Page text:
- Clean mold and mildew. Mix one cup of borax with one quart of hot water. Pour into a spray bottle. Spray on mold and mildew until it is saturated. Wait several hours, then rinse thoroughly.
- Clean the floor. Put one-fourth cup of borax and one-half cup of vinegar into a bucket. Fill it up with hot water. Add a small amount of dish soap. Use the solution to mop your floors.
- Used as an all-purpose cleaner. This is one of the most common borax uses. Mix two tablespoons of borax with two cups of water. Mix the solution in a spray bottle, and you have your very own all-purpose cleaner.
- Borax cleans violin strings! Just dampen a brush then dip in borax. Then, rinse with warm water. But make sure that the water or borax does not get in contact with the body of the violin.
- Borax removes rust. Mix borax with warm water and lemon juice to create a paste. Then, apply to the area with rust.
- Used in cleaning outdoor furniture. Combine borax with warm water and dish soap. Place the solution in a spray bottle then start spot cleaning.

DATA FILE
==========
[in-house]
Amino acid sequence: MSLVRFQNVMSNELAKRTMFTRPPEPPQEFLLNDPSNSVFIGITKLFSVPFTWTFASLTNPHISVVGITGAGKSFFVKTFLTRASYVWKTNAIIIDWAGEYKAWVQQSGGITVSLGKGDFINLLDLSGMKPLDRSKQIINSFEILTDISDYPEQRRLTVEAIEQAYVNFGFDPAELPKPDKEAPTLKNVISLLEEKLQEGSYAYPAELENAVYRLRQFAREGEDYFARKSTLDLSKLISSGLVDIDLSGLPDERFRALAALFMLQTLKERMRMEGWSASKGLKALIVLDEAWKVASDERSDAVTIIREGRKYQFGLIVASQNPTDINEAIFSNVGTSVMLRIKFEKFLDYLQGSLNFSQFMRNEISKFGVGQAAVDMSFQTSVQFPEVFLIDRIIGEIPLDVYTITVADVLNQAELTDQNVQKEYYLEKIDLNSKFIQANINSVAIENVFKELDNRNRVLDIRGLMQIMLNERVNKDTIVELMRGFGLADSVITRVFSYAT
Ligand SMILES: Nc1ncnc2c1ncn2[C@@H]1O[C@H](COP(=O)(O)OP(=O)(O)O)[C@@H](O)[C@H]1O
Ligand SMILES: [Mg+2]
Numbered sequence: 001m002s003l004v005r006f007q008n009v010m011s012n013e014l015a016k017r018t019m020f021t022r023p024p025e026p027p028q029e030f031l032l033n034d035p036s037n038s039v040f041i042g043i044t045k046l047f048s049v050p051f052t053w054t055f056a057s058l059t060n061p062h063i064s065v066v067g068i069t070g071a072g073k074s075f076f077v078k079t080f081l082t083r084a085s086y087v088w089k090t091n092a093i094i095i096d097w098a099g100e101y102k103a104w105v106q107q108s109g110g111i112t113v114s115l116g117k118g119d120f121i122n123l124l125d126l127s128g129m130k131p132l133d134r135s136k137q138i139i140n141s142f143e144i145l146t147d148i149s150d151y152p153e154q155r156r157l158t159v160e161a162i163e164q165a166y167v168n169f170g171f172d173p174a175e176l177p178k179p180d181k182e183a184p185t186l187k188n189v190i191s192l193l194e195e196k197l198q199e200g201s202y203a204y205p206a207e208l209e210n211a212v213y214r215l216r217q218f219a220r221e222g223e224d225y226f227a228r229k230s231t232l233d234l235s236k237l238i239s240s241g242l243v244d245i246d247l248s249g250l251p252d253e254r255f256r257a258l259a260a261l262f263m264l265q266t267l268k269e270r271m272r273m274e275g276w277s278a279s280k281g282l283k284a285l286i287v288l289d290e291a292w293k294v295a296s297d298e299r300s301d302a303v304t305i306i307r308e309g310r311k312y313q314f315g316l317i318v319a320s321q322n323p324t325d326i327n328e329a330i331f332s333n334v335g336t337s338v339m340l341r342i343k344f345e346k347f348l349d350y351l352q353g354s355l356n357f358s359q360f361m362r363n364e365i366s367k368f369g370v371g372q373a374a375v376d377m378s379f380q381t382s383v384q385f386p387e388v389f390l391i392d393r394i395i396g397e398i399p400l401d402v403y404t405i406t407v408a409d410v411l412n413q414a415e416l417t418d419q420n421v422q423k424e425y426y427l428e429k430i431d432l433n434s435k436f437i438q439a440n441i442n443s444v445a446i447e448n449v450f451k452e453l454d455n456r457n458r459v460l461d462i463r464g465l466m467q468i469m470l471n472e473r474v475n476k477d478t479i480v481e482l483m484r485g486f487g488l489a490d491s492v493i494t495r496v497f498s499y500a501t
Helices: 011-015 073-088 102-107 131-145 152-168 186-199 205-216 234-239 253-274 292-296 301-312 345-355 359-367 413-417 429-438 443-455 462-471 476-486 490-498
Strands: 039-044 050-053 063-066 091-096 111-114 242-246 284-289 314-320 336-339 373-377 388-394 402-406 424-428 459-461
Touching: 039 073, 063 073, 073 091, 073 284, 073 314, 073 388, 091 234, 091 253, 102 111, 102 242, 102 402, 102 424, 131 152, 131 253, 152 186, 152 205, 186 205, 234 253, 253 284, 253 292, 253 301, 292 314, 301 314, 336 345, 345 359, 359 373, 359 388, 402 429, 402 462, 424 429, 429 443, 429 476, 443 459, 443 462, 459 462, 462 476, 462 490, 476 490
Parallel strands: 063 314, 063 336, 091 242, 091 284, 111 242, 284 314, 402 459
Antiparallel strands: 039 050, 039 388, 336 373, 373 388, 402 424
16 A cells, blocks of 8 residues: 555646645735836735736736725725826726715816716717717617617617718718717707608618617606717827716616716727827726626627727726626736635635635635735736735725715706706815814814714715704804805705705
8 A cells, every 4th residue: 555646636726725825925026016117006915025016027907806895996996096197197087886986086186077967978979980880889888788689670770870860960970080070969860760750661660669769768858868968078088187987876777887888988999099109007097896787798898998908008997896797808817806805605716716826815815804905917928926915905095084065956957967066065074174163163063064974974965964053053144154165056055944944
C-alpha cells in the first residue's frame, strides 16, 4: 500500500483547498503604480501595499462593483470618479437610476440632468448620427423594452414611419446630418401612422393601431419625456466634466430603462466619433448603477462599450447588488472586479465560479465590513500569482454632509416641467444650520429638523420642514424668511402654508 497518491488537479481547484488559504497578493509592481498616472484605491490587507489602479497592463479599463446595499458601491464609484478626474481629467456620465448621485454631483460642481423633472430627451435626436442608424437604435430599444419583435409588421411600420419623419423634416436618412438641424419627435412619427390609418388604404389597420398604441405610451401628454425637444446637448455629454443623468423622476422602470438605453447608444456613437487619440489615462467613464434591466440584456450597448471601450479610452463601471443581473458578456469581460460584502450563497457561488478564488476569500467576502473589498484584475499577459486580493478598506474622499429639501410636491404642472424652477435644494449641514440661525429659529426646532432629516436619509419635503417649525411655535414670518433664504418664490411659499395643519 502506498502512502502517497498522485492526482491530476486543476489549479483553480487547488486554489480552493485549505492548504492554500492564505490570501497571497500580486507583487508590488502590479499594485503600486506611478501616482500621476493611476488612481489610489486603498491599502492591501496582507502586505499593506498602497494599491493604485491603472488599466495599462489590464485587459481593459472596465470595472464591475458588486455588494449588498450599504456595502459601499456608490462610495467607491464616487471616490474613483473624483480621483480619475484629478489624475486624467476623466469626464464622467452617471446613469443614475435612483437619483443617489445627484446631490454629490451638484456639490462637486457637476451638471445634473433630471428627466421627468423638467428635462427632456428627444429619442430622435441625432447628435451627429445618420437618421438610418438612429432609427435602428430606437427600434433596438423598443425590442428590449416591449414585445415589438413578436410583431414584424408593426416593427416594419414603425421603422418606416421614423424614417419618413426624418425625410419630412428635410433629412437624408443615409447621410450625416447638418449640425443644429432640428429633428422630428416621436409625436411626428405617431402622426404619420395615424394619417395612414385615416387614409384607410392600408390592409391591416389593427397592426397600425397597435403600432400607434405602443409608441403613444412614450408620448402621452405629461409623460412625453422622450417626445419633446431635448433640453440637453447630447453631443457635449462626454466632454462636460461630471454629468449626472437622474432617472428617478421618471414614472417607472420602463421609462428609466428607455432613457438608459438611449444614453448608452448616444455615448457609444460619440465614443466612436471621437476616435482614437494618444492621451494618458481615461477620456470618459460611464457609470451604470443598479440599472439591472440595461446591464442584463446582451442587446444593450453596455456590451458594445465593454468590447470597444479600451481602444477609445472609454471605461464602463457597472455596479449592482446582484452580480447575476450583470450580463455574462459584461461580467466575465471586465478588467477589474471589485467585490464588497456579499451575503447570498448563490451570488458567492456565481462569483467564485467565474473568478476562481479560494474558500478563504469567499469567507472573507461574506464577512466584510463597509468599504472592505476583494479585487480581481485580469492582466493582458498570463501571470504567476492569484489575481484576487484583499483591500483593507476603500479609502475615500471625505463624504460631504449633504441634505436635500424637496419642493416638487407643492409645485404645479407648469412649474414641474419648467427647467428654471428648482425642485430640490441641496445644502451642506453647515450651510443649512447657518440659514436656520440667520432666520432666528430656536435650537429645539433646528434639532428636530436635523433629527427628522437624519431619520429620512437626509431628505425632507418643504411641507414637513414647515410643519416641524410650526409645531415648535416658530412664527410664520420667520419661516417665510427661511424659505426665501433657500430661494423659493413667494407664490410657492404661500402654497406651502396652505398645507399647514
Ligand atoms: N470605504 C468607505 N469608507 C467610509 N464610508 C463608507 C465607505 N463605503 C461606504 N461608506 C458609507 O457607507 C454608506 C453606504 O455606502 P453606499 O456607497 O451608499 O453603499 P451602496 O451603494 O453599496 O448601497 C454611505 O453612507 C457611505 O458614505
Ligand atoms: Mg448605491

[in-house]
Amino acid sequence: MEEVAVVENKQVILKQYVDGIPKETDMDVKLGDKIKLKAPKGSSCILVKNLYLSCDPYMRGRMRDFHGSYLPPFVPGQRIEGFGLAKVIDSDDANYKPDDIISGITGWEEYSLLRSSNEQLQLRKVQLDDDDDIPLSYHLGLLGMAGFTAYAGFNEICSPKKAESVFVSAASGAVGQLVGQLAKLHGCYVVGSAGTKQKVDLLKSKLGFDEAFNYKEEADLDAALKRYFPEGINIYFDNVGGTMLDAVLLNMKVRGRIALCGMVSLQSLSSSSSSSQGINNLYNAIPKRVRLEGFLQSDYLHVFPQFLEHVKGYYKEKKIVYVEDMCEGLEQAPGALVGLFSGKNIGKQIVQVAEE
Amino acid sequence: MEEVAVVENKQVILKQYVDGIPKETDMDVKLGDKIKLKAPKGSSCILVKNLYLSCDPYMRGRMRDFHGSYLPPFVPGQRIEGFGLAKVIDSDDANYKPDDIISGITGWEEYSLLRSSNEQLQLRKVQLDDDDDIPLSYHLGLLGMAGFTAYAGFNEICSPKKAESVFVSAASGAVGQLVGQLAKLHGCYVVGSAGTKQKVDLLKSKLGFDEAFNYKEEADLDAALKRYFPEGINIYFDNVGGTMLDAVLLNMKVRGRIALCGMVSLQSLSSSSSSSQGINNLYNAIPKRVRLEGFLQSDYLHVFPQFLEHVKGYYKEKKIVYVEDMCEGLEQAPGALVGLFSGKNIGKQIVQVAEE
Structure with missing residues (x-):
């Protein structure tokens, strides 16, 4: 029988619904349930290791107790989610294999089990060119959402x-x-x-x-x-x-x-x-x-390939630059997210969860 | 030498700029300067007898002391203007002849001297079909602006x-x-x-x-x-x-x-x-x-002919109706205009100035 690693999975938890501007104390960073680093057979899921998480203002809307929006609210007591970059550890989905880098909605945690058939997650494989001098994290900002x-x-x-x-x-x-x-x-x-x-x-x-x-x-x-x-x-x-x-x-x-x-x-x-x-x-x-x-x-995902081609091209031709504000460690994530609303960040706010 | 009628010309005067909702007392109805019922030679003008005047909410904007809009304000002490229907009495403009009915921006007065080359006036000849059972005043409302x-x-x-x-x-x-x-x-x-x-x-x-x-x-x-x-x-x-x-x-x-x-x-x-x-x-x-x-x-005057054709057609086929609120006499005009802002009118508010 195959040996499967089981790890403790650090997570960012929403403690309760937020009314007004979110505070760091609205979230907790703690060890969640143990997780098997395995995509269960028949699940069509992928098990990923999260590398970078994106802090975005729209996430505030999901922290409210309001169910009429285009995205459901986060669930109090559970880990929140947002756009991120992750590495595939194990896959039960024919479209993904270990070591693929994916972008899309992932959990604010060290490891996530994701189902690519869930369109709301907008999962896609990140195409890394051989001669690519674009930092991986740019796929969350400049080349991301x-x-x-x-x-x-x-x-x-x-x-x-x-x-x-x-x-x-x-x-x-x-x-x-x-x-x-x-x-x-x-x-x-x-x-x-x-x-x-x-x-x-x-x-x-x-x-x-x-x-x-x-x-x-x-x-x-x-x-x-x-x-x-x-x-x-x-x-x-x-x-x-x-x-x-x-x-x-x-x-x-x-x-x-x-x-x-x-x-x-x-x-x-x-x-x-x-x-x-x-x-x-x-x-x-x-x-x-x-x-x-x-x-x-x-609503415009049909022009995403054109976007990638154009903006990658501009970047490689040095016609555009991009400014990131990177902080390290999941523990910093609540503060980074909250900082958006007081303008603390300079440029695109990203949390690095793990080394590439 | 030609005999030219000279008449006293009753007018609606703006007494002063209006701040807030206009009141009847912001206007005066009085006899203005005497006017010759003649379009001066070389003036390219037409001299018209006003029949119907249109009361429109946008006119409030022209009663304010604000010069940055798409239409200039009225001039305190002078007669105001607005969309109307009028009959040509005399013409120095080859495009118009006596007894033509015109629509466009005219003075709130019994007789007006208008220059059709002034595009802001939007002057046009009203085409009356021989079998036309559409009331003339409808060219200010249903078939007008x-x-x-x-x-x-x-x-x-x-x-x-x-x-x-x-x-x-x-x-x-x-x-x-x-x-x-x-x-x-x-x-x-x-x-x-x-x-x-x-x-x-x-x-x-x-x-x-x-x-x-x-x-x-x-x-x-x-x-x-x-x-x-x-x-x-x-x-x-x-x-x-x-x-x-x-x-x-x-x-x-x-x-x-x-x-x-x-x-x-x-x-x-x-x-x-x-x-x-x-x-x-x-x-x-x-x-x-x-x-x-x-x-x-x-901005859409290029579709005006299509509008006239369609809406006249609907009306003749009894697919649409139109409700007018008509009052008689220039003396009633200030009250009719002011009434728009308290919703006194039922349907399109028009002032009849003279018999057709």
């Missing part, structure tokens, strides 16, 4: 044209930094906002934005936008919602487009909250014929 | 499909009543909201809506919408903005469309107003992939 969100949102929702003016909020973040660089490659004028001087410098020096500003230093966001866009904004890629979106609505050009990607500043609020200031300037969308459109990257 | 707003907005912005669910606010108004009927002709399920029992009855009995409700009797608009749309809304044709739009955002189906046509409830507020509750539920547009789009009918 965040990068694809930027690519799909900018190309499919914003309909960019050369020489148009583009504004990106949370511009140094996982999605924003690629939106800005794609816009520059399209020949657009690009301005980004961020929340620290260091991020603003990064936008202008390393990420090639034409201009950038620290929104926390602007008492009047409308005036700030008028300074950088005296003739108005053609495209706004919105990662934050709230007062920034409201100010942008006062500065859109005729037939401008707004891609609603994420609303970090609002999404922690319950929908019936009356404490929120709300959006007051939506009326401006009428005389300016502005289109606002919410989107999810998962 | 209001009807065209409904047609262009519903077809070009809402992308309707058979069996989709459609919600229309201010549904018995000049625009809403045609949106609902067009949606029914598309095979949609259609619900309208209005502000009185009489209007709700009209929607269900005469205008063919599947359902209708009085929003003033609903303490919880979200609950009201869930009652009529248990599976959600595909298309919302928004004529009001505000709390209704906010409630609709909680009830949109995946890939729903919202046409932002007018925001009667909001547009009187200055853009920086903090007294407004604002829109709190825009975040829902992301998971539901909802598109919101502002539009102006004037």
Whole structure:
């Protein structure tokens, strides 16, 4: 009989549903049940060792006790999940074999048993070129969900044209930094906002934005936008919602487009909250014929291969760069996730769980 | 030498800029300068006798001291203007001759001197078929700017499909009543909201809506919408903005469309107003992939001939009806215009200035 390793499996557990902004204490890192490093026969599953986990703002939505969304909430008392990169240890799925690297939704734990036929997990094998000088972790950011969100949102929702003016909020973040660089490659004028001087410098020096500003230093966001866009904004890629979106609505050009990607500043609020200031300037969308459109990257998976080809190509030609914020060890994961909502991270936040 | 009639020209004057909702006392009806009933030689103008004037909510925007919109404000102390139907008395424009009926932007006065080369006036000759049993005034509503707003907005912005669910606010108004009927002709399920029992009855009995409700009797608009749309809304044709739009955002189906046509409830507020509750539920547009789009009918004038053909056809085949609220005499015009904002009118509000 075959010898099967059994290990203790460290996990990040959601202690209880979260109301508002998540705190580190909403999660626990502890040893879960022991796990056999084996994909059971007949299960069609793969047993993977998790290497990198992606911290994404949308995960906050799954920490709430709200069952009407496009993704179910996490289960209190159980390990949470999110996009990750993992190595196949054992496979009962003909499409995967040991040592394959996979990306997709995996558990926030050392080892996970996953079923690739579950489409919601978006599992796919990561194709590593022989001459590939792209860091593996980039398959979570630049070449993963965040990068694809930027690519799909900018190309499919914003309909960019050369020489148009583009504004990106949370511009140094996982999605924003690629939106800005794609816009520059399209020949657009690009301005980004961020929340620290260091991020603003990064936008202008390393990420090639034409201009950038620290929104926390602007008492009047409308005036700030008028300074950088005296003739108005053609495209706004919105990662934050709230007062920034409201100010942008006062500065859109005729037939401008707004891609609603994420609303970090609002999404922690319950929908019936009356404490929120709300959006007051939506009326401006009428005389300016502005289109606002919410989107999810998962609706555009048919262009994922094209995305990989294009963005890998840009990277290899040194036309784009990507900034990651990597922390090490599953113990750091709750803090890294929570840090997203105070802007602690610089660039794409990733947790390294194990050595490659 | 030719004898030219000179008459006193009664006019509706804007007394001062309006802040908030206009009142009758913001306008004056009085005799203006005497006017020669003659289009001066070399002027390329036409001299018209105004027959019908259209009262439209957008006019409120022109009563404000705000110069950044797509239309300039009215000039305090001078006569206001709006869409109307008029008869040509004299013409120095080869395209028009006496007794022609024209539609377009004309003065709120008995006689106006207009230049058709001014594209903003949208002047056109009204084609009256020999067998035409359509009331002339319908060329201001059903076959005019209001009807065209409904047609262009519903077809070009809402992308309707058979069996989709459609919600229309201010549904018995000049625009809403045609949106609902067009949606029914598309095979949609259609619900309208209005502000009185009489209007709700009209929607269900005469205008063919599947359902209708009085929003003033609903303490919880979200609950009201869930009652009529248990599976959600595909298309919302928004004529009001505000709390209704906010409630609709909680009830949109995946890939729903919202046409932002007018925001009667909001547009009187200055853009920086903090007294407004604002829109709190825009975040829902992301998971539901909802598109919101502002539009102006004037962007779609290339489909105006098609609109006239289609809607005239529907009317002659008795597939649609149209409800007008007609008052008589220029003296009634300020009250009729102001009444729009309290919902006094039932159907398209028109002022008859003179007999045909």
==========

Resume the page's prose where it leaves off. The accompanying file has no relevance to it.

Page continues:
- Clear clogged drains. Borax is a much less toxic alternative to regular drain cleaners. Pour 3.5 oz (100 mg) of borax down the drain, then add 13.5 fl oz (around 400 ml) of boiling water. Let sit at least 15 minutes and flush with several more cups of boiling water. If necessary repeat until the obstruction is gone.
- Get rid of urine smell. Borax is very effective at removing persistent urine odors from a mattress. So, if your kid has wet the bed, dampen the problem area, rub it with borax, and use a vacuum cleaner to remove the solution once everything has dried off.
- Keep windows and mirrors stain-free. Add 1 tbsp of borax to 10 fl oz (300 ml) of water, soak a clean sponge in the solution and give your mirrors and windows a nice wash.
- Disinfect the garbage disposal. To keep nasty bacteria and mold buildup at bay, give your garbage disposal unit some TLC every two weeks. Just pour 3 tbsp of borax down the drain, leave it there for around one hour, and flush with hot water afterward.